As you are aware he has now paid all the [r]oyalty moneys on the umbrellas and the possible further breaches could be a breach of [Mr Koehn]’s intellectual property rights. It is therefore very important that when you deal with the stock as purchased by you that you deal with it at arm’s length. Bob must not be seen to take any roll [sic] in the [s]ale, [m]arketing or [p]romoting of these umbrellas. Additionally we still have concerns about his website which promotes this product is still infringing [Mr Koehn]’s [i]ntellectual [p]roperty [r]ights as photographs contained on the website may be deceptively similar to or identical with the product previously promoted by Boss Shade which was the subject of the [i]ntellectual [p]roperty [l]icence granted to him under the terms of the settlement which have of course been terminated, that is Bob has no further rights to [m]arket, [p]romote or [s]ell.
42 Mr Bauer agreed that the advice given was inconsistent with para 8(d) of his affidavit which indicated that Mr Holger Bauer was to assist in selling the umbrellas. He also agreed that Mr Kelly was very concerned to ensure that there was no breach of the deed. Mr Stefan Bauer had been advised that his father should not be involved in the sale. It was suggested to him that nonetheless, his father continued to be so involved. Mr Stefan Bauer said, “Only in the early stages”.
43 The witness was then taken to Mr Koehn’s first affidavit and, in particular, to annexure ESHK 41. The annexure contains six invoices in the name of Bernhel Pty Ltd, relating to sales by that company. The invoices have no index numbers although they are dated. It may be that I was being invited to draw some inference from the fact that they were not numbered. However I see no relevant and available inference.
44 In re-examination Mr Bauer said that in the weeks leading up to 24 July 2011, he received advice from Mr Kelly to the effect that he could purchase the umbrellas in his company name and resell them through his Roll-a-Shade company.
45 The applicants sought to rely upon the emails dated 31 August 2011 as suggesting the absence of any earlier agreement between Mr Holger Bauer and Mr Stefan Bauer for the sale of the umbrellas. They also sought to rely upon Mr Stefan Bauer’s statement that he and his father had “executed” their agreement on 31 August. See ts 123, ll 18-24 and ts 124, ll 22-29. As I have said, no contract was executed. Mr Stefan Bauer said that he meant that their earlier agreement had been performed in that the money was paid.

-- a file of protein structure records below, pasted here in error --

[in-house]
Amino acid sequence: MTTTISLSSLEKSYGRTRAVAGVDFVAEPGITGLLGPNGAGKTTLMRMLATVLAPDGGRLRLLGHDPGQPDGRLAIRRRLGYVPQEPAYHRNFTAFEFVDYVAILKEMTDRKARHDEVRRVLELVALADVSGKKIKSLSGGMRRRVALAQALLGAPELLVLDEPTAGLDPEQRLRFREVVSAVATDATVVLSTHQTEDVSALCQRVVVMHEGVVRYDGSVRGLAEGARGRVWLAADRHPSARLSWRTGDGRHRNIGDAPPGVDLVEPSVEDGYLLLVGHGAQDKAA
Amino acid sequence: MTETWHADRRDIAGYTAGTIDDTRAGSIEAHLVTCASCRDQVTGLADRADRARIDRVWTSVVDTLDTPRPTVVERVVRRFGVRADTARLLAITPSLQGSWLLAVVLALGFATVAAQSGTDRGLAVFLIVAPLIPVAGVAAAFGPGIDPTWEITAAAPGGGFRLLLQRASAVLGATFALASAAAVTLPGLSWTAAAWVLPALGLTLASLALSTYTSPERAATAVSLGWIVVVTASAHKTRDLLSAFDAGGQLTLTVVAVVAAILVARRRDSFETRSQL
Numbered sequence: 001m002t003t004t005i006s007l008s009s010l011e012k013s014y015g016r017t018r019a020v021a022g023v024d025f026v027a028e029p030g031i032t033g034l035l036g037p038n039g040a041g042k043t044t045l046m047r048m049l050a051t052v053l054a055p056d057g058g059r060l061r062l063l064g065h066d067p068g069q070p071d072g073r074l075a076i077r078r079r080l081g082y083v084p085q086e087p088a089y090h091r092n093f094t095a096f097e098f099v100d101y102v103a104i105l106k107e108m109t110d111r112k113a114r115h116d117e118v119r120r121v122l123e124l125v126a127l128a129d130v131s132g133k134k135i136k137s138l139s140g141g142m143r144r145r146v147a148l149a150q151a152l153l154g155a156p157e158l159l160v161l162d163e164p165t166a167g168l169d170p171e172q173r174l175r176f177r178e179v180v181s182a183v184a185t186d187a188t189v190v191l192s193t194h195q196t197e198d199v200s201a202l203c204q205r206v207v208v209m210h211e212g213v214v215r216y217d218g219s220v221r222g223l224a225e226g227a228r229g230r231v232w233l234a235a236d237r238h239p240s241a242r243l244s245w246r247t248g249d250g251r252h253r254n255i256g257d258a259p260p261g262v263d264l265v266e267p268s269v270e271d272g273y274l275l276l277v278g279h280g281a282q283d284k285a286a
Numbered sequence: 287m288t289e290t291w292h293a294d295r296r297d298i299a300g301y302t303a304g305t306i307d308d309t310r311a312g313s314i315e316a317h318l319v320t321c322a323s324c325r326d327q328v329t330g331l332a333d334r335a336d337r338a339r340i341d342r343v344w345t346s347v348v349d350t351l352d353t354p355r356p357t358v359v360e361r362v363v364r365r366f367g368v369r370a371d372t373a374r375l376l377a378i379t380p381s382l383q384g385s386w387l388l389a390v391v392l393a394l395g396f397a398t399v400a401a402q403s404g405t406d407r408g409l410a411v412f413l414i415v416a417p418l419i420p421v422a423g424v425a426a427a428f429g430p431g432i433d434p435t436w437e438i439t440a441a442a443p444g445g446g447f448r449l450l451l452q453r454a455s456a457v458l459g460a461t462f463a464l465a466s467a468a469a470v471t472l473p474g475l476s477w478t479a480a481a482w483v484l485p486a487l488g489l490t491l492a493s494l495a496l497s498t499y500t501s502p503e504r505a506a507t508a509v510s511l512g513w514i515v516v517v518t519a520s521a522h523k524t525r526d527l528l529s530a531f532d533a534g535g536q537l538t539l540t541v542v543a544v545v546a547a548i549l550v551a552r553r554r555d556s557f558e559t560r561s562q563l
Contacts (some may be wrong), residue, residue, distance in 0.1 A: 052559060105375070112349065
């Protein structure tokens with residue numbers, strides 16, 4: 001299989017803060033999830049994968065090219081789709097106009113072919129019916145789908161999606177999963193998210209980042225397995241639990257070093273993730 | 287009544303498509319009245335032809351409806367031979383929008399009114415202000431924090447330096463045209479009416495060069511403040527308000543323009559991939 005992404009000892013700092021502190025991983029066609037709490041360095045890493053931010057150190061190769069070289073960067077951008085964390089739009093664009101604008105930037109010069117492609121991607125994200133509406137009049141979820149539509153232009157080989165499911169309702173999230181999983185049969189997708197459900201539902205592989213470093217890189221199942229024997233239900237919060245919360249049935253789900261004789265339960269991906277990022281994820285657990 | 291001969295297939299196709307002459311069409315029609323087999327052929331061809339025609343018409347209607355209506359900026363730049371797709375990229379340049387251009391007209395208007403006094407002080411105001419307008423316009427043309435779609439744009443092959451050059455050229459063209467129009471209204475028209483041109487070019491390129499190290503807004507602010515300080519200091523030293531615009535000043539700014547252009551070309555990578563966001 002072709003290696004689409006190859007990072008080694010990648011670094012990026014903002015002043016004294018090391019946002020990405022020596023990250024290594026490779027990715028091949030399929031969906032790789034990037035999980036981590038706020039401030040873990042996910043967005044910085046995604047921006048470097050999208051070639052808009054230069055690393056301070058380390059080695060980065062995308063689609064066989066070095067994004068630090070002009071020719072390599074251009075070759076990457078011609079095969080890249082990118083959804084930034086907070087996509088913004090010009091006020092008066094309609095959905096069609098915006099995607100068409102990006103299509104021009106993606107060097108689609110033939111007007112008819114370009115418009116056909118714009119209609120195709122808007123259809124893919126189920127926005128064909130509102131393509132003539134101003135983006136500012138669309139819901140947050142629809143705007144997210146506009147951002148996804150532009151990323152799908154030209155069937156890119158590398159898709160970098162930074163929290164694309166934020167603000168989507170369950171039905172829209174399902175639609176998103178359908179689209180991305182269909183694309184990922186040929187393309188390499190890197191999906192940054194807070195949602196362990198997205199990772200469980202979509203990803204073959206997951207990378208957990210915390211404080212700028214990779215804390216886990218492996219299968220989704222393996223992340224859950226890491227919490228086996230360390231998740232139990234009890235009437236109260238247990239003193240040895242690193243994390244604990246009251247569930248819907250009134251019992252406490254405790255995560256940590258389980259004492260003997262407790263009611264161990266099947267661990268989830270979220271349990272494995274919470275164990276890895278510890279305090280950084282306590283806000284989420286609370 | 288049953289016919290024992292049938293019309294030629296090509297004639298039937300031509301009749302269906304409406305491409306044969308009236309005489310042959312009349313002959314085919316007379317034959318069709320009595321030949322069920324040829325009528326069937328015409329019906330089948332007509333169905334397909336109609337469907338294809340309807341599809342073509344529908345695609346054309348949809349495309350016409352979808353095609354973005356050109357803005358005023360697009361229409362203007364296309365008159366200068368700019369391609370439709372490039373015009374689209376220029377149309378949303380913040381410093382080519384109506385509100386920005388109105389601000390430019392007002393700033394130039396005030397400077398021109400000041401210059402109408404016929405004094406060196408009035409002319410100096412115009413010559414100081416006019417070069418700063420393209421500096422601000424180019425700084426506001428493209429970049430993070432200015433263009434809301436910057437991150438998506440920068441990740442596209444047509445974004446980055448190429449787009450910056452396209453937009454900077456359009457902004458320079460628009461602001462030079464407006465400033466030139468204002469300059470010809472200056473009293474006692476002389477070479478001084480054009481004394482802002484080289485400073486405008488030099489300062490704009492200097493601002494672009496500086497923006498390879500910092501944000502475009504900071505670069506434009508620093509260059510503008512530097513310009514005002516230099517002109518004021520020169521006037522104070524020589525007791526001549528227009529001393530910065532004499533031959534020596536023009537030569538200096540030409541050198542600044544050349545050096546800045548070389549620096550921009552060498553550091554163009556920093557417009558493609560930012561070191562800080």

46 It seems that for some time prior to 24 July 2011, Mr Holger Bauer had been trying to find a buyer other than his son. Even after the nominated date of sale to Bernhel, Mr Kelly was still, on 22 July 2011, writing to Mr Holger Bauer concerning a sale to another purchaser, Crownbridge Pty Ltd. See exhibit 4. Such conduct is not necessarily inconsistent with the existence of an agreement such as that alleged between Mr Bauer and Mr Stefan Bauer. Family arrangements are likely to be flexible. Mr Holger Bauer was obviously concerned to have arrangements in place to enable him to transfer the umbrellas on or before 24 July 2011. It is not surprising that he should have turned to his son for assistance, even if he still hoped to find another buyer. Given the obvious importance of a sale on or before that date, there is nothing surprising about his claim to have put in place, a back-up arrangement. Indeed, it would be surprising if he had not done so.
47 I accept Mr Stefan Bauer’s evidence that as a result of discussions in late June/early July 2011, or perhaps as late as 21 July 2011, he had agreed on behalf of Bernhel to acquire the umbrellas from Boss Shade. I think it likely, however, that both he and his father had in mind the possibility that another purchaser might still be found. To the extent that his evidence concerning the agreement and its terms differs from his father’s evidence, I prefer that of Mr Stefan Bauer. He seemed to me to be more objective concerning the matter than was Mr Holger Bauer. In any event, where an agreement emerges out of numerous conversations, there is always the possibility that the parties will have different opinions as to the point at which agreement was reached.
48 Notwithstanding documentary evidence created by Mr Koehn and Mr Holger Bauer concerning their shared understanding as to the number of umbrellas held by Boss Shade as at the date of the deed and on 9 December 2011, Mr Koehn and Austshade seem to assert that they do not know how many umbrellas may have been sold since the date of the deed.
49 At one stage Mr Kelly wrote to Mr Holger Bauer, indicating that he had told Mr Kelly that he had 30 umbrellas, which Mr Koehn may not have seen, with respect to which he intended to pay royalties. The applicants at least implied that the reference to such umbrellas was a ground for suspecting that Boss Shade had acquired more umbrellas than those of which Mr Koehn was aware at the date of the deed and thereafter. However exhibit 4 must be read as a whole. It was dated 22 July 2011, just prior to the expiry of the sale period. At that stage Mr Holger Bauer understood that Crownbridge Pty Ltd had bought 100 umbrellas, notwithstanding his agreement with Mr Stefan Bauer. The letter was written by Mr Kelly to Boss Shade to confirm instructions given by Mr Bauer on that day. Mr Kelly identified four categories of umbrella, including the 30 umbrellas which Mr Koehn may not have seen. However the total number was 149, the number sold to Bernhel upon which royalties were paid. Hence there is no real basis for deriving any adverse inference from Mr Kelly’s letter.